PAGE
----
When our meals arrive sometime later, we realize that we have lost track of time in our internet-free conversations and that early evening has turned surreptitiously into nighttime. We delight our taste buds with various seafood, pizza, and noodles. I savor each freshly-prepared bite of my pasta with pesto sauce, making sure that I take the time to appreciate the flavor. Our waiter is in no hurry to herd us out of the restaurant, though my watch reads half past ten and we haven’t yet thought about dessert. With our plates clean and our selves satisfied, we don’t even mind that our waiter takes an extra twenty minutes to bring us our check or that we have to rummage around in our purses for cash because we can’t pay individually. My previous notions that eating here would be anything similar to an Olive Garden experience seem silly. There is an art to eating in Rome that is lost on its American mimickers.
Structural differences explain part of the wide separation between American and Roman dining experiences. Joe, the ideal Olive Garden waiter, is financially dependent upon the tips that his patrons leave for him because his employer only pays him about two dollars an hour. As a result, the American dining experience is focused on quick service. The faster the customers dine and leave, the more tables Joe can turn during his shift, and the more tips he can earn. Italian waiters don’t work for tips like their American counterparts—they are paid fully by their employers and thus less inclined to strive to please the customer. Speedy service is a low priority for the waiter, giving the customers more time to enjoy their meals and to interact with one another.
Intertwining with this concept of slow service is the Italian concept of dining as a social affair. Americans worry about resolving their hunger and moving on, evident through the popularity of fast food chains and microwave dinners. It’s the result of a culture with a lack of dining traditions and the need to make everything time efficient. In Rome, they view eating as a time for conversation and for enjoying the camaraderie of friends and family, which is a product of their strong familial bonds and of their focus on community. They aren’t in a hurry because their priorities are different; they are focused on the nature of their overall dining experience.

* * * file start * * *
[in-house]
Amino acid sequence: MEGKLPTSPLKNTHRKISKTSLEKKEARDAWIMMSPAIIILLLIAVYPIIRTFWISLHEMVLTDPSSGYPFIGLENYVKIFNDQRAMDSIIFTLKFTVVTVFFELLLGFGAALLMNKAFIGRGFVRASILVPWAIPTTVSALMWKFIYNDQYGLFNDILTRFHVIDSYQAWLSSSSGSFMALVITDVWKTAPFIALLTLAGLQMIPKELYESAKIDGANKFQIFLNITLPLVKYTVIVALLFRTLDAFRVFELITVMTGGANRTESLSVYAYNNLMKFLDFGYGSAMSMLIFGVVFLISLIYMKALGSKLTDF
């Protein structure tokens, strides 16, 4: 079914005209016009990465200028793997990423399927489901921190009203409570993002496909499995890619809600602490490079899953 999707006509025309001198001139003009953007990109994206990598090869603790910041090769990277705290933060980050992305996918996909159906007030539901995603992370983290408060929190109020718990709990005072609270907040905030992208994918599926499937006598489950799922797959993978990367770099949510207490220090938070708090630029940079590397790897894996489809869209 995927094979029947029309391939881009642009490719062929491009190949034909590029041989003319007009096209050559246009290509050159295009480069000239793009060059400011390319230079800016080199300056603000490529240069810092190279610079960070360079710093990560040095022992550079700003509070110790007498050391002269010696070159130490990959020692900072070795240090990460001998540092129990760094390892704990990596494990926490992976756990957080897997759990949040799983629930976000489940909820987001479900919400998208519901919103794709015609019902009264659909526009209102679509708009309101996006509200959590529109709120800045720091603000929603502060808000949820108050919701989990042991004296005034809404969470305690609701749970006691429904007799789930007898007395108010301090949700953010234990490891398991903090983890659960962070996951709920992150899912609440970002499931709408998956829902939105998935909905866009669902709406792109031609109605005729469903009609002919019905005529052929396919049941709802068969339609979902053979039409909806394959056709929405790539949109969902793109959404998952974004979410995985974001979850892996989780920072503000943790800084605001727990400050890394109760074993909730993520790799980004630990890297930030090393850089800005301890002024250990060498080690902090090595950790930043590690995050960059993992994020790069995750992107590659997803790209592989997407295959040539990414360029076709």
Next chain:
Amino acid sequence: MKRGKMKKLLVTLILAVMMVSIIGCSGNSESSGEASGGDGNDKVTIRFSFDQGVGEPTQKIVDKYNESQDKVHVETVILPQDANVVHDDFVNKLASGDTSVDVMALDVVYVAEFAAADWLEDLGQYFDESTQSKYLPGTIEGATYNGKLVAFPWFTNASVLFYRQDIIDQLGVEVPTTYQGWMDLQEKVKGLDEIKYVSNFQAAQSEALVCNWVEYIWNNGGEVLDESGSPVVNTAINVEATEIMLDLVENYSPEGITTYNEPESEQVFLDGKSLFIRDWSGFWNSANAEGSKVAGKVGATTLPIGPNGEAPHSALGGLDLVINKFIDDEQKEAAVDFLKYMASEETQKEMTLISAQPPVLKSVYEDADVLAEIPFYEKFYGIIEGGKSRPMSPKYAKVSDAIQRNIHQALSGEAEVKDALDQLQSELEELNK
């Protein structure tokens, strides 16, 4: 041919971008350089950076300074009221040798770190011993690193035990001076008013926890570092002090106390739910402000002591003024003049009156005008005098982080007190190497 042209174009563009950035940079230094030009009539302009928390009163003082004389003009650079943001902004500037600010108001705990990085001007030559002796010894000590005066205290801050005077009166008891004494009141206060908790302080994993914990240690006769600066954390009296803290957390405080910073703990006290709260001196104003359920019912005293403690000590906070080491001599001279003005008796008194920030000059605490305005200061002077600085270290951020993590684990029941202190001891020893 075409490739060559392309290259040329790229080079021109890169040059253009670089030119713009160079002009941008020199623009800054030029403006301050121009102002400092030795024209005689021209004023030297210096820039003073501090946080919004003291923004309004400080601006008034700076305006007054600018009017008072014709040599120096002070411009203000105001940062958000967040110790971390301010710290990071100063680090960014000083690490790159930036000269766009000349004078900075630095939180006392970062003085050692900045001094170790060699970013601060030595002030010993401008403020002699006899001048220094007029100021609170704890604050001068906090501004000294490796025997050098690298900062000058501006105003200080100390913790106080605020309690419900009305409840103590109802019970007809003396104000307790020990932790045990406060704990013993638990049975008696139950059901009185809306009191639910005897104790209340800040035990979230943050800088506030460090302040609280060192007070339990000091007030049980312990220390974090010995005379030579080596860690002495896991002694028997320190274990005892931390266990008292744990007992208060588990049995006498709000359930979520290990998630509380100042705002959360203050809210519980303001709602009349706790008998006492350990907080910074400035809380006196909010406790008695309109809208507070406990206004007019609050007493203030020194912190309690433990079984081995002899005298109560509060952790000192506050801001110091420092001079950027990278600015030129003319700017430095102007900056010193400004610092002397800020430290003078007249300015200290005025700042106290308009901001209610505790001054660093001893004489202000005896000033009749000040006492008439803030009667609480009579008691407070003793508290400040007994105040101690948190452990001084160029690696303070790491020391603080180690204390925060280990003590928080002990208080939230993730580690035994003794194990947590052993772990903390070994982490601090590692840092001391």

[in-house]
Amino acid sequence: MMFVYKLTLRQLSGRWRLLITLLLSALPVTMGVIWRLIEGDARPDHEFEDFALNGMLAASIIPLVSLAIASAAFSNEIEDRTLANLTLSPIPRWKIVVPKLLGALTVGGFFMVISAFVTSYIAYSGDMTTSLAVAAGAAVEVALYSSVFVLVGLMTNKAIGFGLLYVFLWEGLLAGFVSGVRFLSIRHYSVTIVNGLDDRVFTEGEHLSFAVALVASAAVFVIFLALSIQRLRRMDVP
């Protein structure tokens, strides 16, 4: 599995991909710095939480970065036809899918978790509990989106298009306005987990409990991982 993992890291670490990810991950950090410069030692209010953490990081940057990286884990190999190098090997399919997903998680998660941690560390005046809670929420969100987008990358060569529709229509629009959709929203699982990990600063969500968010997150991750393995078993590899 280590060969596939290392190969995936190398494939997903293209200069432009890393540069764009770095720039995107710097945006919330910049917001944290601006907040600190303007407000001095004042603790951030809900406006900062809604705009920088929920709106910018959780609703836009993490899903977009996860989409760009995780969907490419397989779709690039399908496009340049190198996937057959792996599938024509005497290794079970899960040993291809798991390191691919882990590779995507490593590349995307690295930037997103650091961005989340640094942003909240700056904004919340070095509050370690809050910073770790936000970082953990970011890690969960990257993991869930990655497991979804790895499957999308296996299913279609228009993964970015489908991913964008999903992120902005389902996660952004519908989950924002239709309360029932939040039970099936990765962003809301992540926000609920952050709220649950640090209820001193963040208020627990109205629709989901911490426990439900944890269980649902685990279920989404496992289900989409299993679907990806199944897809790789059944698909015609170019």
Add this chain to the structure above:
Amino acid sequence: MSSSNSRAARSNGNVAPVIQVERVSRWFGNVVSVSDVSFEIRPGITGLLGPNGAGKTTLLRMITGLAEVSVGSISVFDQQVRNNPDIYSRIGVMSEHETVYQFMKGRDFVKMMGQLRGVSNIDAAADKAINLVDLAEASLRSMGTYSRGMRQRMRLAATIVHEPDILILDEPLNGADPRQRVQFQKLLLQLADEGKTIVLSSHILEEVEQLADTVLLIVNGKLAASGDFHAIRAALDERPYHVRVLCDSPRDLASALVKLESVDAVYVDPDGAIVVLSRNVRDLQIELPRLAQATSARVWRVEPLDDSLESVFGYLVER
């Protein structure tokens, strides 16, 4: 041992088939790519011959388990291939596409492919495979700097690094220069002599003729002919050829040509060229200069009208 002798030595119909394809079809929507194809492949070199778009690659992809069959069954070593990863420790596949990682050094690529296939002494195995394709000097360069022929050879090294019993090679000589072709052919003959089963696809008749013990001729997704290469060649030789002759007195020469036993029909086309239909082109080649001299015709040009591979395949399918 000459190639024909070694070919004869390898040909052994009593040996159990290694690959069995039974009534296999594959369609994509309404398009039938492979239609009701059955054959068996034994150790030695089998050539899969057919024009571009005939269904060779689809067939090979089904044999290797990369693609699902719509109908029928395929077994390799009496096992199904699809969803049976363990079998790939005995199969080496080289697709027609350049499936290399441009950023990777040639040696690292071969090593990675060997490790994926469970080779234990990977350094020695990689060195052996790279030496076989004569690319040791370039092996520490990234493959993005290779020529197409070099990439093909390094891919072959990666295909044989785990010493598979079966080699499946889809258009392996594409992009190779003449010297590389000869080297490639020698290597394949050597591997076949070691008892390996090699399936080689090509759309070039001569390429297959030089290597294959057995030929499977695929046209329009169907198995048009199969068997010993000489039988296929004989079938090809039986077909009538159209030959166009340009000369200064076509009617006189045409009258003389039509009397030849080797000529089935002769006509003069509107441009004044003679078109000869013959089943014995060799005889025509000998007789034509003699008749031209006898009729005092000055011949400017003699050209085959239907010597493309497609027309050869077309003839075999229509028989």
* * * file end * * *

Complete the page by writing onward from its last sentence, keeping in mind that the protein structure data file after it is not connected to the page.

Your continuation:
Romans are more concerned about the quality of the food they put in their mouths over quantity. They rank more time-consuming, freshly prepared food higher in importance than food prepared with time-saving shortcuts. Though large portion sizes are becoming more common because of the influence of the United States, traditionally, a Roman meal consists of small portions of three or four dishes. Multiple courses provide them a variety of tastes. The average serving of pasta is only about 100 grams, contrasted against American portion sizes that triple or quadruple that amount. An excess of pasta leaves no room for additional taste bud thrills.
A combination of historical, social, and cultural factors has shaped the art of dining in Rome, a tradition that has been passed down with each generation. It is, simultaneously, all about the food and nothing about the eating. To dine as a Roman is to savor the experience as much as the flavors. It is a far cry from stuffing your face with a pile of processed noodles at Olive Garden. This art is something I discovered in a quaint ristorante in an alleyway near the Spanish Steps, and it belongs to this bustling capital city of the boot-shaped peninsula called Italy.